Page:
Inscribed, impressed, painted and printed antique china marks help collectors identify and date antique china pieces. Collectors also consider the color of the china marks or the numbered codes in the designs to associate china pieces with makers and time periods.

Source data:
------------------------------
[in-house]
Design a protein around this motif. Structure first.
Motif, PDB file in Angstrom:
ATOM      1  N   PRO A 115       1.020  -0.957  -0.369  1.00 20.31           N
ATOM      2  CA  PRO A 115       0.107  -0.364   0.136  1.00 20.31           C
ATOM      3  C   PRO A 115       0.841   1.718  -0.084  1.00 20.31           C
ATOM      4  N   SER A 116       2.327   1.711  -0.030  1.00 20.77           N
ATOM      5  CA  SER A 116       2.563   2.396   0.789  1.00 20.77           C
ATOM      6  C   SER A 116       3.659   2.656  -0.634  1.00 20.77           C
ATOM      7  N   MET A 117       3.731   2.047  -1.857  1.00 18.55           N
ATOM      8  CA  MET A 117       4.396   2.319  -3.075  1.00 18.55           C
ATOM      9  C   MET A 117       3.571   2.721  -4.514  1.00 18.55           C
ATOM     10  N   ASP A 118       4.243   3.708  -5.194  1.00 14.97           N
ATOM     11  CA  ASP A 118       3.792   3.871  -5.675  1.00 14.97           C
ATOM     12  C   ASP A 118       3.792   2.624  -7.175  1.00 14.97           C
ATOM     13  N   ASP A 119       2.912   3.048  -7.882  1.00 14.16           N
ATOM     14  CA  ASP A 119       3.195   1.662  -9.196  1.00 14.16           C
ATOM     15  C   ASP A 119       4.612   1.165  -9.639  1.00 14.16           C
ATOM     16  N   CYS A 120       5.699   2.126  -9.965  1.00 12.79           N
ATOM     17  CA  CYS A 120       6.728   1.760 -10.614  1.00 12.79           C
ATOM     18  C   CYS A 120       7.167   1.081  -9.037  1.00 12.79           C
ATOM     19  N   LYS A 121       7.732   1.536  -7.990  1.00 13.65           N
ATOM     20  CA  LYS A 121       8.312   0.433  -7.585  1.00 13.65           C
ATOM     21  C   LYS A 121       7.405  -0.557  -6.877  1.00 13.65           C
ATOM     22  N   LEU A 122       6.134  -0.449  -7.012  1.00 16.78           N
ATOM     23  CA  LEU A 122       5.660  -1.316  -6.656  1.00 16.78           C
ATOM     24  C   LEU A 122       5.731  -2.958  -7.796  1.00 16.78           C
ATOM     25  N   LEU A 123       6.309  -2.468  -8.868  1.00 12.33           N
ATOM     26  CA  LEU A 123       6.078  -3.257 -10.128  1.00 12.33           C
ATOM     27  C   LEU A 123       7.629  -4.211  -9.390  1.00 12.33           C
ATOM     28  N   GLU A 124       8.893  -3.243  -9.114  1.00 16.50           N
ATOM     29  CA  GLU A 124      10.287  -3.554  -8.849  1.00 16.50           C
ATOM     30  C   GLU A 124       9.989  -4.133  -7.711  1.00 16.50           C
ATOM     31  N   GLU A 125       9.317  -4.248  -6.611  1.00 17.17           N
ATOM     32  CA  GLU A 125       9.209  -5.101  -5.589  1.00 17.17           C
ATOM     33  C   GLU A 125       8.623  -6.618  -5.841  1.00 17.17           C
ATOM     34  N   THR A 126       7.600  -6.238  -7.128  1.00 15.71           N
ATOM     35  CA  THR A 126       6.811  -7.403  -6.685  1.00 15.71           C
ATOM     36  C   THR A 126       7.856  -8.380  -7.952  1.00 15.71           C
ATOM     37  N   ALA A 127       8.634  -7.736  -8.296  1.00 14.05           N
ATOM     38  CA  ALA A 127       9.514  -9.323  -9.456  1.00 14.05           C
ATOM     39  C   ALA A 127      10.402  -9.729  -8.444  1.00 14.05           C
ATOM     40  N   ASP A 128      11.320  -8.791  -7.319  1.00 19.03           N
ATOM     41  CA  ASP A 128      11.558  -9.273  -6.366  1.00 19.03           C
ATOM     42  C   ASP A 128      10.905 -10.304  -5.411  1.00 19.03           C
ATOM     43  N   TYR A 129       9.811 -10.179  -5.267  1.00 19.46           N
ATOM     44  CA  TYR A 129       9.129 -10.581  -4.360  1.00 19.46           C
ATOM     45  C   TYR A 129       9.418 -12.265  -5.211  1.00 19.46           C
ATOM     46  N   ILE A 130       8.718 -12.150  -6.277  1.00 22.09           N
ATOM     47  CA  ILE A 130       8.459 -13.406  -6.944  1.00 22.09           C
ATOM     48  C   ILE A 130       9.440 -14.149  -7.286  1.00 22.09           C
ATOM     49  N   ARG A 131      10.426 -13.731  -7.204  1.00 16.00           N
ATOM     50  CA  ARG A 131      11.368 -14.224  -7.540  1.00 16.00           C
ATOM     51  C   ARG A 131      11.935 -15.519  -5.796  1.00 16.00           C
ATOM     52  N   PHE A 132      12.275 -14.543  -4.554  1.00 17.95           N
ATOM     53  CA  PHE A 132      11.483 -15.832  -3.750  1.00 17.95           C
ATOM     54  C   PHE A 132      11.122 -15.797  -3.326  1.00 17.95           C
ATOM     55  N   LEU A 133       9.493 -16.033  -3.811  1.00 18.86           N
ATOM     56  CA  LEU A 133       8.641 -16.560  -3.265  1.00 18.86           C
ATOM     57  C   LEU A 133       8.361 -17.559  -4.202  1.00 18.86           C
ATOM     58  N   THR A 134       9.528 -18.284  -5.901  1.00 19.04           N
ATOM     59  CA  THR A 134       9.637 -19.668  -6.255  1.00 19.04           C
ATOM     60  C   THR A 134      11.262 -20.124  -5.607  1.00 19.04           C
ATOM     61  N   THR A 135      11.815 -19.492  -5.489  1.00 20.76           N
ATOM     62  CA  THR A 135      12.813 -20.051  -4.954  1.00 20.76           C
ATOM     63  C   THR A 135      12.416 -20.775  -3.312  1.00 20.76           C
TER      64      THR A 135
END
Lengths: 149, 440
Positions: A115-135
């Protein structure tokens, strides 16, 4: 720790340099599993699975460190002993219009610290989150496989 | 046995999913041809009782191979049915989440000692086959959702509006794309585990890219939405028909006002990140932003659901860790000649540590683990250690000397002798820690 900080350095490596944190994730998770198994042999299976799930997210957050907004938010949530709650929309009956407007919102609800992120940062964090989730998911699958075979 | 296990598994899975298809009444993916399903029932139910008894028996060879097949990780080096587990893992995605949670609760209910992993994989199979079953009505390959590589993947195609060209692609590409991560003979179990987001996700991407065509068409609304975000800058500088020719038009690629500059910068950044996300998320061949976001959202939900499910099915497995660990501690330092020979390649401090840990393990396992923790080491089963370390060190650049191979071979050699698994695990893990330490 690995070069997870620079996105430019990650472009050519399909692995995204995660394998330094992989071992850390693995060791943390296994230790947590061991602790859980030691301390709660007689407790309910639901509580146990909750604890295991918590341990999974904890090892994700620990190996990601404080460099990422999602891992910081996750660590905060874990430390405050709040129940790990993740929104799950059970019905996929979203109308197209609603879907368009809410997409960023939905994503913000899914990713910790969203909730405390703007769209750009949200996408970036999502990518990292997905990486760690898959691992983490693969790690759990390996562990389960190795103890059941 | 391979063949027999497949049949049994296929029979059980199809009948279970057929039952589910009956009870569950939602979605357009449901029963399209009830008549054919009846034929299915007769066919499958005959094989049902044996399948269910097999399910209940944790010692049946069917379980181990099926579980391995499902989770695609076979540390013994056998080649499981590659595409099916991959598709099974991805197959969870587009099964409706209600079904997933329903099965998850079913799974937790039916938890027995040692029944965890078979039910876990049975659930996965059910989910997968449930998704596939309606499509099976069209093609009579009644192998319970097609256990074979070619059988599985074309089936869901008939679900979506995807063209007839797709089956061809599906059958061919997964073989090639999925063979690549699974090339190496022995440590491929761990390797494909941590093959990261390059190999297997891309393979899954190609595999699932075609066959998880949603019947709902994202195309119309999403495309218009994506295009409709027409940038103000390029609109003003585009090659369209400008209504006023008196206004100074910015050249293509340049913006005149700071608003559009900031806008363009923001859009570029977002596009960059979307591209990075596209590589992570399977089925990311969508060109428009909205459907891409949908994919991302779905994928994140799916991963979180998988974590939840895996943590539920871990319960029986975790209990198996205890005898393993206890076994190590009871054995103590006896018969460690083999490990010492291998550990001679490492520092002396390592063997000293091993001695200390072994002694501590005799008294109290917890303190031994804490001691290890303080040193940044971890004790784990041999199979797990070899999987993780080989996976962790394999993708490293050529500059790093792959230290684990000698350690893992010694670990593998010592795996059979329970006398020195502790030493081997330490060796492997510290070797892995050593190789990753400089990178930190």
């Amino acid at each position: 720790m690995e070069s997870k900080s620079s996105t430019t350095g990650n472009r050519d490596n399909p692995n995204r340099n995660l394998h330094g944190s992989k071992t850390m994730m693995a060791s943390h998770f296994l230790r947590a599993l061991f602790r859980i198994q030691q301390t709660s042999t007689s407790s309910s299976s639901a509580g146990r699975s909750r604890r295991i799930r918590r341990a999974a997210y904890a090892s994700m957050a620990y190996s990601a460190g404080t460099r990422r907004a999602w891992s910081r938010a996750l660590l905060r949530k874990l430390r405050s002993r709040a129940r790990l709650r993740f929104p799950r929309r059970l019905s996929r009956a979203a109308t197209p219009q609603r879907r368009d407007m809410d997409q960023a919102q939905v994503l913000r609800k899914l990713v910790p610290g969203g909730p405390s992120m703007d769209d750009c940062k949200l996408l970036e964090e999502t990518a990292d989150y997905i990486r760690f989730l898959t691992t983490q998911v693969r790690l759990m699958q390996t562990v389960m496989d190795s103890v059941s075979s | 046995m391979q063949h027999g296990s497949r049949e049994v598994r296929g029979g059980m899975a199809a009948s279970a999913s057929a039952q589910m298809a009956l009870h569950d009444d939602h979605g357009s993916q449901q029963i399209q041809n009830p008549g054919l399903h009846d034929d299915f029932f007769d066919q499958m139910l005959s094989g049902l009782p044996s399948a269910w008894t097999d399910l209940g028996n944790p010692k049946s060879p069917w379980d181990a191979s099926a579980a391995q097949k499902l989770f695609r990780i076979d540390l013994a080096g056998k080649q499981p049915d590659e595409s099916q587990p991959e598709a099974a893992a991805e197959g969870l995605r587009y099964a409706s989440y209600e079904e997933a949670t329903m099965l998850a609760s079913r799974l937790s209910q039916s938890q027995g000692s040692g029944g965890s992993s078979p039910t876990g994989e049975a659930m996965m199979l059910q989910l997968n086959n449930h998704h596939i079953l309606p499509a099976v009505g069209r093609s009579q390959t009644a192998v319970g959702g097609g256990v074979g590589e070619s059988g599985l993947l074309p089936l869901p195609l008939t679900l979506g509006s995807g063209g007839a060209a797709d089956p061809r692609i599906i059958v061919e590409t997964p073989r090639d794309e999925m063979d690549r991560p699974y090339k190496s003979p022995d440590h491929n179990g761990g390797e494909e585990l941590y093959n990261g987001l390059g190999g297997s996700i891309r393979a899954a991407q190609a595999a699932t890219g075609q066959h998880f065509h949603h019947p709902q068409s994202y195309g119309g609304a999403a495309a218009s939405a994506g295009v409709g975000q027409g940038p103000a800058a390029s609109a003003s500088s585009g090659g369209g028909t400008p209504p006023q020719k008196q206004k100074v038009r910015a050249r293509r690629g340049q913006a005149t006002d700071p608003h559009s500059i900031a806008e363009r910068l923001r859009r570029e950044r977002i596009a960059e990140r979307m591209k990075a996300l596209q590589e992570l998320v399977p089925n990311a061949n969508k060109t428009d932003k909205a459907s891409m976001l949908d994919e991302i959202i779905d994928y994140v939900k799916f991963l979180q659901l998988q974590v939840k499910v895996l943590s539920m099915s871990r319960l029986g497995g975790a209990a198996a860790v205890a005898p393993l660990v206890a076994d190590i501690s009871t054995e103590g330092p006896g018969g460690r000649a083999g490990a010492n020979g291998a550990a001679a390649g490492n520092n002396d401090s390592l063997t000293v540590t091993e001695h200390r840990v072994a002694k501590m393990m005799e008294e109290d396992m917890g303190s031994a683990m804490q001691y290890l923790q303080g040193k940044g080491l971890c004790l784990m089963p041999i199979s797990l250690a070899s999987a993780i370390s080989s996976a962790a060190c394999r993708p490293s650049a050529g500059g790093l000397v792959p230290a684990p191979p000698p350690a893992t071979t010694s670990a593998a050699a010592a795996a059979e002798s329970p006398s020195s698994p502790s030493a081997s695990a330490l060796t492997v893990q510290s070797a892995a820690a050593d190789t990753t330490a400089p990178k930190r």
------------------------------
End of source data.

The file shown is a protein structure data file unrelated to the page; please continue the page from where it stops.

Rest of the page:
Before the first firing at 900 degrees Fahrenheit, while the clay is soft, makers Inscribe their marks by hand, or impress their marks into the clay using a stamp. To make underglaze marks, makers paint or print their marks after the first firing, before applying the glaze. Overglaze marks are usually names or initials that painters and decorators add onto pieces that were already glaze-fired.